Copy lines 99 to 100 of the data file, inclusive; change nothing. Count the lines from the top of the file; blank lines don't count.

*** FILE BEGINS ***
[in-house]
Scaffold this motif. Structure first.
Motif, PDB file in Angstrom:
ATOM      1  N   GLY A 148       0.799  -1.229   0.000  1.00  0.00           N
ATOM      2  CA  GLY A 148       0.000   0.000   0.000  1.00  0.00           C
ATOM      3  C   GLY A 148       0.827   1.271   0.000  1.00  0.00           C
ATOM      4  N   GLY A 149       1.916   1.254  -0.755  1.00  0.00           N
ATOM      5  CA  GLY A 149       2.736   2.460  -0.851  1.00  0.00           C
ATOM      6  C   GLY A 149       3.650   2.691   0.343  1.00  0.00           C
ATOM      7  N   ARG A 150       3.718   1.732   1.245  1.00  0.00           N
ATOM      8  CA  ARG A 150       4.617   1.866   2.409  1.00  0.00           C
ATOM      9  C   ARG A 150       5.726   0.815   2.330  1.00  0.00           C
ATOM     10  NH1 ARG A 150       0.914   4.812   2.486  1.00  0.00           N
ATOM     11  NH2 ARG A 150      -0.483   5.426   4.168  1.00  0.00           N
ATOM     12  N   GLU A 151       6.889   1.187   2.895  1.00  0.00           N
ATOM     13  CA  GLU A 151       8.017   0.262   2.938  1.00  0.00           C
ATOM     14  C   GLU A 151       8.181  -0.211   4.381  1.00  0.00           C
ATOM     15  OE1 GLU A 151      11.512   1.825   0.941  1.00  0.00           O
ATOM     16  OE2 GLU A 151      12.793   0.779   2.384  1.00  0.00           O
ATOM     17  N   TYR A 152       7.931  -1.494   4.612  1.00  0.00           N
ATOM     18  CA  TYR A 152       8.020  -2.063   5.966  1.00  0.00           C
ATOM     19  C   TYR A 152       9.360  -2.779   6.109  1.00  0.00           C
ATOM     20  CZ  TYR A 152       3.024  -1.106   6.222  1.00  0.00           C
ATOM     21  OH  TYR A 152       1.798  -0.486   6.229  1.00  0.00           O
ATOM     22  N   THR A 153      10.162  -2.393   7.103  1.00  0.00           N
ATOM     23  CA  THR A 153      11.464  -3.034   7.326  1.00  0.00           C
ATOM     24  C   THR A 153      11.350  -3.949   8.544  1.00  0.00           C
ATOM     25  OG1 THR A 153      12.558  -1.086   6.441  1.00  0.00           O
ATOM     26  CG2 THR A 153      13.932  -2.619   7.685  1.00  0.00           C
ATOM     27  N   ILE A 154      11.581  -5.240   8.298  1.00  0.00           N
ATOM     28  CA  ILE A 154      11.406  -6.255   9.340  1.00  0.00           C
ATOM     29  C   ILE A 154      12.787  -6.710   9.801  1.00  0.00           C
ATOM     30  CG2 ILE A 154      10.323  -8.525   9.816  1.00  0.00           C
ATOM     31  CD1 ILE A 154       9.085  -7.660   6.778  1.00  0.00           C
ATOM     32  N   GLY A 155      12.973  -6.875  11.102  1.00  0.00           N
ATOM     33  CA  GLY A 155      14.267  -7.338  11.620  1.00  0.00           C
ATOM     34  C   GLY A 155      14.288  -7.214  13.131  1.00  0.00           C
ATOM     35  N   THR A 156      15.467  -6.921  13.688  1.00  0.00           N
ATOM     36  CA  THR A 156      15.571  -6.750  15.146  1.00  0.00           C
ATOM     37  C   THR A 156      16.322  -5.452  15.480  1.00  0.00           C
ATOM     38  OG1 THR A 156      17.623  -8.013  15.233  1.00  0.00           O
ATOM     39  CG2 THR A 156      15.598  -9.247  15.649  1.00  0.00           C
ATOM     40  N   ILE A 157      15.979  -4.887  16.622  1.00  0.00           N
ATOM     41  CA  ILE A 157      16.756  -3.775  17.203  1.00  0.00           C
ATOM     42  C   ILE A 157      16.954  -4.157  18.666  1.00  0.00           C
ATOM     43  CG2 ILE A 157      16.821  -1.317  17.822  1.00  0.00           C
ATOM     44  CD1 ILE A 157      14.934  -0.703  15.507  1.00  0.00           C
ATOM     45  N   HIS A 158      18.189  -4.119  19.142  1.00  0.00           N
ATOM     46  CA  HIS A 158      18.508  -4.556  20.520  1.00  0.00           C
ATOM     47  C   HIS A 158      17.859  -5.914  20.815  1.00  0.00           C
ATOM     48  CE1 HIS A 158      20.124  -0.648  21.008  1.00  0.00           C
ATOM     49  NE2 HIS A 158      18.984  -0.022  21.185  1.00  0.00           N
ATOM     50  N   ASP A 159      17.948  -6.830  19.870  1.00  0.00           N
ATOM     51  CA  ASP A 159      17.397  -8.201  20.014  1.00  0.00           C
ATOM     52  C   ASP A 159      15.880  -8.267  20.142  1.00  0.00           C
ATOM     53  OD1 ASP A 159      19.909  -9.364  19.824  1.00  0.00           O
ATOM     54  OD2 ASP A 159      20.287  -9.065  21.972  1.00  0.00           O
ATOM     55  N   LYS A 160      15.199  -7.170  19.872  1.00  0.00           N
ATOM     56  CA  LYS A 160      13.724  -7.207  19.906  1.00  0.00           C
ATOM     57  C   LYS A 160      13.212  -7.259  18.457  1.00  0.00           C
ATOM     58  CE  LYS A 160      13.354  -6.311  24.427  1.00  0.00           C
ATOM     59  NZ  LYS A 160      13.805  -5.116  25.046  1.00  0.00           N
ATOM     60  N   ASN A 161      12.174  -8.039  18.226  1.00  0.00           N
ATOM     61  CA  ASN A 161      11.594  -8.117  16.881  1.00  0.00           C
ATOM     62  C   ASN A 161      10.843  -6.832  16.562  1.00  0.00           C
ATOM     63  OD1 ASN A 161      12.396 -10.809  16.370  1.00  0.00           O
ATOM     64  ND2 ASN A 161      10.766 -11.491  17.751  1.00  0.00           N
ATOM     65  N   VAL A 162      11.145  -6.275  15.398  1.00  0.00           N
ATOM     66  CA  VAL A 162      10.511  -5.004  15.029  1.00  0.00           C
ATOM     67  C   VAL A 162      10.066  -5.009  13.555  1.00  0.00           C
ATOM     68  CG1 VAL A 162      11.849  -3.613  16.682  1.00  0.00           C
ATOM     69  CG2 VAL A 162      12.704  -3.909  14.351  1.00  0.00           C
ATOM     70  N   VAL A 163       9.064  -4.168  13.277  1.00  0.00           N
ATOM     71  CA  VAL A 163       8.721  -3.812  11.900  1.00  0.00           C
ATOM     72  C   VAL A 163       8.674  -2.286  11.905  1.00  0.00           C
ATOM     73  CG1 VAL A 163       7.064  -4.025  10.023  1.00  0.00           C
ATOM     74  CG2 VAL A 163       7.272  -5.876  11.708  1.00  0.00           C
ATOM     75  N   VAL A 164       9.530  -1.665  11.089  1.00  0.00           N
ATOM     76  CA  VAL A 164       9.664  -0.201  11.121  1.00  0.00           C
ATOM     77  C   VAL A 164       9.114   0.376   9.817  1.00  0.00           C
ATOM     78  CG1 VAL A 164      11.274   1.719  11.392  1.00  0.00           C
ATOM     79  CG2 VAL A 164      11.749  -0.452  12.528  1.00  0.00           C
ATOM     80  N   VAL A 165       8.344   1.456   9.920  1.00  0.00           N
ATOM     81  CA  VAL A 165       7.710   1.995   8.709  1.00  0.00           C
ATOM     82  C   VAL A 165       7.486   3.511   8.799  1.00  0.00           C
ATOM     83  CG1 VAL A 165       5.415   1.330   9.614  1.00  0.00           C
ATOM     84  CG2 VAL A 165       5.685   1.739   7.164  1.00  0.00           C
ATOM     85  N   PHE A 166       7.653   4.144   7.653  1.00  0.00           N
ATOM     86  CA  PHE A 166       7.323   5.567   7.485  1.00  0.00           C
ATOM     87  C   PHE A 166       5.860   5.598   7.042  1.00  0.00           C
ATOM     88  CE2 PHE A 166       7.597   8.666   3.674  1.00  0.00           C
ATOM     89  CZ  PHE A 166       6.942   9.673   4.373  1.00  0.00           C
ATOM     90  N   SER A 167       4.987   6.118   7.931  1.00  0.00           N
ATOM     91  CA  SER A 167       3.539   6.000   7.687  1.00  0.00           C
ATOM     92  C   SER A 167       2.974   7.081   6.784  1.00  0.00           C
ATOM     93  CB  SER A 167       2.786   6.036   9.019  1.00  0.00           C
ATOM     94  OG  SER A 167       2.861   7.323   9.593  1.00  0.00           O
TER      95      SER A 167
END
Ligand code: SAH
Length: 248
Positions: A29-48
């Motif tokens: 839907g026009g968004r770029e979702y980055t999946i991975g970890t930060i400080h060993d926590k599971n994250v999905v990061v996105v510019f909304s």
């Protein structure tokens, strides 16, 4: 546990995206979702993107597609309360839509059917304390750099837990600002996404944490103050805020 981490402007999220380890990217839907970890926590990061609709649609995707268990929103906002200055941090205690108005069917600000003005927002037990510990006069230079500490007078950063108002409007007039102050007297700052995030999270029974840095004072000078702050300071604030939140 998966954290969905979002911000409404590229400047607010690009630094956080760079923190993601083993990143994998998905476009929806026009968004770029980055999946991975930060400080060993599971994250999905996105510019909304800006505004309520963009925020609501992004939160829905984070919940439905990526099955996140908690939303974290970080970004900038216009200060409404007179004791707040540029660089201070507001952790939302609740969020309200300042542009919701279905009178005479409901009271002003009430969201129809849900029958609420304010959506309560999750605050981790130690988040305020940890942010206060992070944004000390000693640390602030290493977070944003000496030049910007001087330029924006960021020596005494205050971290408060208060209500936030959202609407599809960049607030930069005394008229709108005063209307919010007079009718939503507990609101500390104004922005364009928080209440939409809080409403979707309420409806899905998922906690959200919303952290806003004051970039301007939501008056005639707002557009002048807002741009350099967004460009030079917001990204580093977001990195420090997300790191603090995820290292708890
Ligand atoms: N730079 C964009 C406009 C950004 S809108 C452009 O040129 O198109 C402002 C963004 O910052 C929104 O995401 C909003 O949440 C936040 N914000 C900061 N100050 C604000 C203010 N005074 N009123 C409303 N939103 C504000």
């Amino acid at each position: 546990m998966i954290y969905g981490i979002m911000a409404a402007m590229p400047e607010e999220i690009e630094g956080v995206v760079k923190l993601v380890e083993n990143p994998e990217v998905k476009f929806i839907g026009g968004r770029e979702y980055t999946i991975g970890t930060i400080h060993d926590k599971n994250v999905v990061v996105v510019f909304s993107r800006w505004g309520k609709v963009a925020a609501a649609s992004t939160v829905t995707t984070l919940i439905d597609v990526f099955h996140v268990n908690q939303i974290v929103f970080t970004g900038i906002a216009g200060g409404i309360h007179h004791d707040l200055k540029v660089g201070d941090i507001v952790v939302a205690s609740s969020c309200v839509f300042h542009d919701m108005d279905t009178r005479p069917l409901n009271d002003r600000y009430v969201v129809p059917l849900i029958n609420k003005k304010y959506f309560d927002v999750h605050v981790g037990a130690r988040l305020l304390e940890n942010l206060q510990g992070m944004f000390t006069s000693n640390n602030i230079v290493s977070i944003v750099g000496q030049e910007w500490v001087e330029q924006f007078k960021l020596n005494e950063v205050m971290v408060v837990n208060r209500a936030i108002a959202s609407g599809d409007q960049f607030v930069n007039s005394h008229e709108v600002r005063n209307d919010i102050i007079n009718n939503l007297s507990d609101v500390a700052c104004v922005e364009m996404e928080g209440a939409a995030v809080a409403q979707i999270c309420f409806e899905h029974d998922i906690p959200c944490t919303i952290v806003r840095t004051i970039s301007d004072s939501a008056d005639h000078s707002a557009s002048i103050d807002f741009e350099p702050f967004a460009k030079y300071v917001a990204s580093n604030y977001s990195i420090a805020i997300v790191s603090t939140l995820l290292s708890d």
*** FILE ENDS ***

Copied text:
END
Ligand code: SAH